The Cove is a 2009 documentary film directed by Louie Psihoyos which analyzes and questions dolphin hunting practices in Japan. It was awarded the Academy Award for Best Documentary Feature in 2010. The film is a call to action to halt mass dolphin kills, change Japanese fishing practices, and to inform and educate the public about the risks, and increasing hazard, of mercury poisoning from dolphin meat. The film is told from an ocean conservationist's point of view. The film highlights the fact that the number of dolphins killed in the Taiji dolphin drive hunting is several times greater than the number of whales killed in the Antarctic, and asserts that 23,000 dolphins and porpoises are killed in Japan every year by the country's whaling industry. The migrating dolphins are herded into a cove where they are netted and killed by means of spears and knives over the side of small fishing boats. The film argues that dolphin hunting as practiced in Japan is unnecessary and cruel. Wikipedia
The Cove is a member of the following lists: American films, American documentary films, Best Documentary Feature Academy Award winners, 2009 films, 2000s documentary films, Participant Media films, Wakayama Prefecture, Documentary films about environmental issues, Environment of Japan and Fishing industry in Japan.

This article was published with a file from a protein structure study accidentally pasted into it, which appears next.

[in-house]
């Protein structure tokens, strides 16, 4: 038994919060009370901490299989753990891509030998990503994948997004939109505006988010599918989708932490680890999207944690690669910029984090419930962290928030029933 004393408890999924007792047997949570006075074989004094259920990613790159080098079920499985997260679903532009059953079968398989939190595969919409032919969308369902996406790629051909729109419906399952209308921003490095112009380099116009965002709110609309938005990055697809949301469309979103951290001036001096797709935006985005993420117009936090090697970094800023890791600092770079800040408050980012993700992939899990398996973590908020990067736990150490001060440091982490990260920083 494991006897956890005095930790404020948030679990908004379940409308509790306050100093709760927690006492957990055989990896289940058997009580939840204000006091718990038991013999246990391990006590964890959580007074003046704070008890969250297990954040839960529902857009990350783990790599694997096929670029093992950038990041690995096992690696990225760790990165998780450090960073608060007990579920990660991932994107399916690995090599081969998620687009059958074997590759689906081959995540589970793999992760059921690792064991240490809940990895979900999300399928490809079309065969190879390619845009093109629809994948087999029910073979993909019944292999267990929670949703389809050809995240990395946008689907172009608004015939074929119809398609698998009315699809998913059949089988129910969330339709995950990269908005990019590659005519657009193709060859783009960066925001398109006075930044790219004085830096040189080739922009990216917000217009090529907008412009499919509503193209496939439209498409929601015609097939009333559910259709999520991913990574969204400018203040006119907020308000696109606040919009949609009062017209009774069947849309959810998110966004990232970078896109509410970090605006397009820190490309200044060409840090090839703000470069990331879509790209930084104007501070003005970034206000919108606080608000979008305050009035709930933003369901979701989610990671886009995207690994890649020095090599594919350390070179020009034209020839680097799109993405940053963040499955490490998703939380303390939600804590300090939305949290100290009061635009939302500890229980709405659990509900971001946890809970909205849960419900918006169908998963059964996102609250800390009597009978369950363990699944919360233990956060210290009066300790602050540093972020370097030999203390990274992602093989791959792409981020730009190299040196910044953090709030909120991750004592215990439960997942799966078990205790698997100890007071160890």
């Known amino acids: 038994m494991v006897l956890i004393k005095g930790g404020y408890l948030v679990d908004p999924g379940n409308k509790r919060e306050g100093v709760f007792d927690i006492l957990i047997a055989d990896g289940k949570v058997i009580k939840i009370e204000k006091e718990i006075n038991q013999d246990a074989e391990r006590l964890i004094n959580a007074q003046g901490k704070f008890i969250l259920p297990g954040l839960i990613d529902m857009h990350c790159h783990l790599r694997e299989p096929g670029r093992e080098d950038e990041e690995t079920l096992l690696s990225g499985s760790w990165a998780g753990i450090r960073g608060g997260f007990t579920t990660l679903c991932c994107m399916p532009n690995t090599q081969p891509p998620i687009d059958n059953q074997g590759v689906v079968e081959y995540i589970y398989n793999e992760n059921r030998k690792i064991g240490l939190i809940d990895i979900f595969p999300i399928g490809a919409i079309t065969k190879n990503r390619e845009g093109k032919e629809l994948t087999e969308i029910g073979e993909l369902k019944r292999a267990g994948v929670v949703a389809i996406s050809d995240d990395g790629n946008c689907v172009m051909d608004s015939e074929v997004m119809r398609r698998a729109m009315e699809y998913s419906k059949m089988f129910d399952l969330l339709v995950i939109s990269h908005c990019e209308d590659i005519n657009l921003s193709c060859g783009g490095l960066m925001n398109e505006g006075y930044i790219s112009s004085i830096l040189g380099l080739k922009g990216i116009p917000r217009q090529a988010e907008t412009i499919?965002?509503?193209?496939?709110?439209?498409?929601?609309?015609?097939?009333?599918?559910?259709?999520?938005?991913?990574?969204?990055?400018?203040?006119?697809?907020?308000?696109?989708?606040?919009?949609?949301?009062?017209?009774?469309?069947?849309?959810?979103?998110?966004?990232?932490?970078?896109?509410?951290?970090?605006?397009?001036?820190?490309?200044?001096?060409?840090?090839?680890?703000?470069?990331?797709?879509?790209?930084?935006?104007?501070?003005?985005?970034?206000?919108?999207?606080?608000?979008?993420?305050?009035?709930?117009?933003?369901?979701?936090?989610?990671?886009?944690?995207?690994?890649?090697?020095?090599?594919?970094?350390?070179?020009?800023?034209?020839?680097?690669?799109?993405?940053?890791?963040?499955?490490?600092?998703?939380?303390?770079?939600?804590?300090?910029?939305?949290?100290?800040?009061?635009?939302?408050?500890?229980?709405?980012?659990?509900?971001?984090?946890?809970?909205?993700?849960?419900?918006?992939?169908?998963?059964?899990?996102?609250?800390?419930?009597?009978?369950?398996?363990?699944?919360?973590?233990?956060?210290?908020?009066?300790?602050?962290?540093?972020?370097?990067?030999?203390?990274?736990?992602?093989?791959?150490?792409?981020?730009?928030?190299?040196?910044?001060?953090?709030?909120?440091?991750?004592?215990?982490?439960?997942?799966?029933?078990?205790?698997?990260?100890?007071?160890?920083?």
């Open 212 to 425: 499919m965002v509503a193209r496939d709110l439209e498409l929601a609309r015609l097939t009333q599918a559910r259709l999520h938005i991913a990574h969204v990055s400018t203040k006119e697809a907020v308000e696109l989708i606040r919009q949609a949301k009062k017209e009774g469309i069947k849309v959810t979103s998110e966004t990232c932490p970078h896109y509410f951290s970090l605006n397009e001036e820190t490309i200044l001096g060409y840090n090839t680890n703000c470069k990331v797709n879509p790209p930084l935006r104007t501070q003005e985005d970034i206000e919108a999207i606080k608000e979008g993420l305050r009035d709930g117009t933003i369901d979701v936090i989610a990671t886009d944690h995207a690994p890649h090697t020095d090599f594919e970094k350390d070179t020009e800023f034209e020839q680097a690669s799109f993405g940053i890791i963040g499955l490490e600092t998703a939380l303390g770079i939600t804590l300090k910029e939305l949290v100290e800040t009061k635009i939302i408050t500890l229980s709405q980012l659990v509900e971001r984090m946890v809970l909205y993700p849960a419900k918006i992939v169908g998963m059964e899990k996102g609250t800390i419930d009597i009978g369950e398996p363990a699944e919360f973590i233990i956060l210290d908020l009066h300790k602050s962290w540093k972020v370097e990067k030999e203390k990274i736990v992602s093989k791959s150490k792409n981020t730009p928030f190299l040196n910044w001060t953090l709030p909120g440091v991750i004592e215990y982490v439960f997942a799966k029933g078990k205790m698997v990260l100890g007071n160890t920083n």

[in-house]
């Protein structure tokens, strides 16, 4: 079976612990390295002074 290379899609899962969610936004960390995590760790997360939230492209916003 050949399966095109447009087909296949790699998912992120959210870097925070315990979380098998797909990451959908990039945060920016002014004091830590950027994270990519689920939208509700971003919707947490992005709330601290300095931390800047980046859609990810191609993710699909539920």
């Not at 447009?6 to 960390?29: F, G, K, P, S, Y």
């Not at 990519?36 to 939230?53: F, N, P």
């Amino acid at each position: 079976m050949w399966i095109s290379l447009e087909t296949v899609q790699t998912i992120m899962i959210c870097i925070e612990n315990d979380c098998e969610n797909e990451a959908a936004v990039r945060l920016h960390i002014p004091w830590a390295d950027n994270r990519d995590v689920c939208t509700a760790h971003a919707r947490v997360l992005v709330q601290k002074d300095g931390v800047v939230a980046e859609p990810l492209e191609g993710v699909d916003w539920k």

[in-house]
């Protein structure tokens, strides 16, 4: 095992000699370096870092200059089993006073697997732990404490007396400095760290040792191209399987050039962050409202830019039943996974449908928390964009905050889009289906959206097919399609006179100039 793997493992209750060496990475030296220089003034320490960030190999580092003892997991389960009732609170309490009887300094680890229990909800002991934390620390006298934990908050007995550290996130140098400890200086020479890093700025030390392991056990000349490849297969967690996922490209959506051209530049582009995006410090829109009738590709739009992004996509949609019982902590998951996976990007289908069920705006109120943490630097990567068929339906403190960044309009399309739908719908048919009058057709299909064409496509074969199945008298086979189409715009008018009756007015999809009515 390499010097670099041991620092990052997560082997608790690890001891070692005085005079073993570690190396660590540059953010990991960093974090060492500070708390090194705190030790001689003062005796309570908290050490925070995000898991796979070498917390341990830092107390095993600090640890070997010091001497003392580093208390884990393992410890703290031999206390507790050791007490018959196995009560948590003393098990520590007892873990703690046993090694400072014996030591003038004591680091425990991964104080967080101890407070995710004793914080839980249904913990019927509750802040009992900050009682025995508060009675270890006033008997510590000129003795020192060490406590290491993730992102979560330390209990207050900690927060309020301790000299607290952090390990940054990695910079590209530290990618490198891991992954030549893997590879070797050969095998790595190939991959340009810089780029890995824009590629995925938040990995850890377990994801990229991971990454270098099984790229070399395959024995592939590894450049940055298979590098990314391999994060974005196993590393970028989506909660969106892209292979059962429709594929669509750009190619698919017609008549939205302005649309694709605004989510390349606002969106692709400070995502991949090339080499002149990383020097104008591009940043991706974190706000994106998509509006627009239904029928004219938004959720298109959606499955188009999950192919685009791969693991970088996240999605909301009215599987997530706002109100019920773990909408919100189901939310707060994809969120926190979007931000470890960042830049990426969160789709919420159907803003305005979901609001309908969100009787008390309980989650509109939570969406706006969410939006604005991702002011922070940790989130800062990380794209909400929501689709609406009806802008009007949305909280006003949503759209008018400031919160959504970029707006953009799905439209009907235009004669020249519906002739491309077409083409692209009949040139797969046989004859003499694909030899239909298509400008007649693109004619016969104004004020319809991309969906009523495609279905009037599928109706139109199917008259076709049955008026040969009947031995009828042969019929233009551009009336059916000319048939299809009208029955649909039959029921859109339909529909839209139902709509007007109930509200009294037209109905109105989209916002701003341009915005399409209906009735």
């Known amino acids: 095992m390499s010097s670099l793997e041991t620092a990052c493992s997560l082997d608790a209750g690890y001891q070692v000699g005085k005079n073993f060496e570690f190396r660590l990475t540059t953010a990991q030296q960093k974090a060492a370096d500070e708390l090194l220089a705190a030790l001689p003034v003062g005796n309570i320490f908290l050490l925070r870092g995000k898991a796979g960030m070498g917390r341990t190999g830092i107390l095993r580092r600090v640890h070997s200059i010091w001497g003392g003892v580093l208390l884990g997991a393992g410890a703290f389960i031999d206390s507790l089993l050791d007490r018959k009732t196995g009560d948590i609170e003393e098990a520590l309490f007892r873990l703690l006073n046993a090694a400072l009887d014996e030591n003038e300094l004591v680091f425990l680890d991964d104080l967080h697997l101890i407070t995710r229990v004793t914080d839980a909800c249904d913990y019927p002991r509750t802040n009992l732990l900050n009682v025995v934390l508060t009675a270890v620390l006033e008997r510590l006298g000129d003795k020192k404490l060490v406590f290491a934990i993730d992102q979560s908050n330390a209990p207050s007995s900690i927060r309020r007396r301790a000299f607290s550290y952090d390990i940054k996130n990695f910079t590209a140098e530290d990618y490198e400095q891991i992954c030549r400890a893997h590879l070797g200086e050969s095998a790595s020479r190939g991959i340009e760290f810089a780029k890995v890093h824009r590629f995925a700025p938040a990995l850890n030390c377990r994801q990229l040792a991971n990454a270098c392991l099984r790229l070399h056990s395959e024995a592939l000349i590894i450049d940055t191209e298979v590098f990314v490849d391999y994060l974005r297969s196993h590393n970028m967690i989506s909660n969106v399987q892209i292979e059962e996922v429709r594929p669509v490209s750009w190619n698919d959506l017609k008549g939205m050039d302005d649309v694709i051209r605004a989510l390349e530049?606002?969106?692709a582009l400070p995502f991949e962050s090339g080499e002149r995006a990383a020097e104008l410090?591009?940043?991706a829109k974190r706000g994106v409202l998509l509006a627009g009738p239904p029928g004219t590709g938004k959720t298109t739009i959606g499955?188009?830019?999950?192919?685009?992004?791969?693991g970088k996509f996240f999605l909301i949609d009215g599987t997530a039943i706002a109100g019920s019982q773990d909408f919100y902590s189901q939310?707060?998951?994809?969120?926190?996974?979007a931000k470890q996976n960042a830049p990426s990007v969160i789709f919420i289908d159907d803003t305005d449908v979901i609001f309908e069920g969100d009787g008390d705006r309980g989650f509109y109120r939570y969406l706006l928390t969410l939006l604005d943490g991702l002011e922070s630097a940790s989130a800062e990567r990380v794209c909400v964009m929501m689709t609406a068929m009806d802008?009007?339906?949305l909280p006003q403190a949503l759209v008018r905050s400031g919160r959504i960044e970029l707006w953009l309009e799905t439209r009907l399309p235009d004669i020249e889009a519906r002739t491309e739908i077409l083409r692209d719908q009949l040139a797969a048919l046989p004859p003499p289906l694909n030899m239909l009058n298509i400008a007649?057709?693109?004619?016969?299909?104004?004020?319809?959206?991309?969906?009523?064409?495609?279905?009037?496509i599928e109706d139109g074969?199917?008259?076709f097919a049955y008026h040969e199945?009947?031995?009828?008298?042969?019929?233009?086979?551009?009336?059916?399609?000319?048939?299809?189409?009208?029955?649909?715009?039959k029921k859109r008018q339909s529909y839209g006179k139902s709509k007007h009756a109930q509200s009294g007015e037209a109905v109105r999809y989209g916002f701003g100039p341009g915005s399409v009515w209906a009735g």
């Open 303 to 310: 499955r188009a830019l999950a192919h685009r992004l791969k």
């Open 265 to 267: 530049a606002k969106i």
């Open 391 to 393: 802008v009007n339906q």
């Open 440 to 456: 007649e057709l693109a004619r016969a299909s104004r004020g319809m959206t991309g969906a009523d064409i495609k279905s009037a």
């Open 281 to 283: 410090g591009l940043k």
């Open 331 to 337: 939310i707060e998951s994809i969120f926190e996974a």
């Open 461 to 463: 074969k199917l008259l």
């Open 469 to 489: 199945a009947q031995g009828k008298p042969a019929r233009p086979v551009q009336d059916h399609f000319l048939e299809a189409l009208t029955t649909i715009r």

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Richard O'Barry: The thing that turned me around was the death of Flipper, of Cathy. She was really depressed. I could feel it. I could see it. And she committed suicide in my arms. That's a very strong word, suicide. But you have to understand dolphins and other whales are not automatic air breathers, like we are. Every breath they take is a conscious effort. And so they can end their life whenever life becomes too unbearable by not taking the next breath. And it's in that context I use the word suicide. She did that. She swam into my arms, looked me right in the eye, and took a breath... and didn't take another one.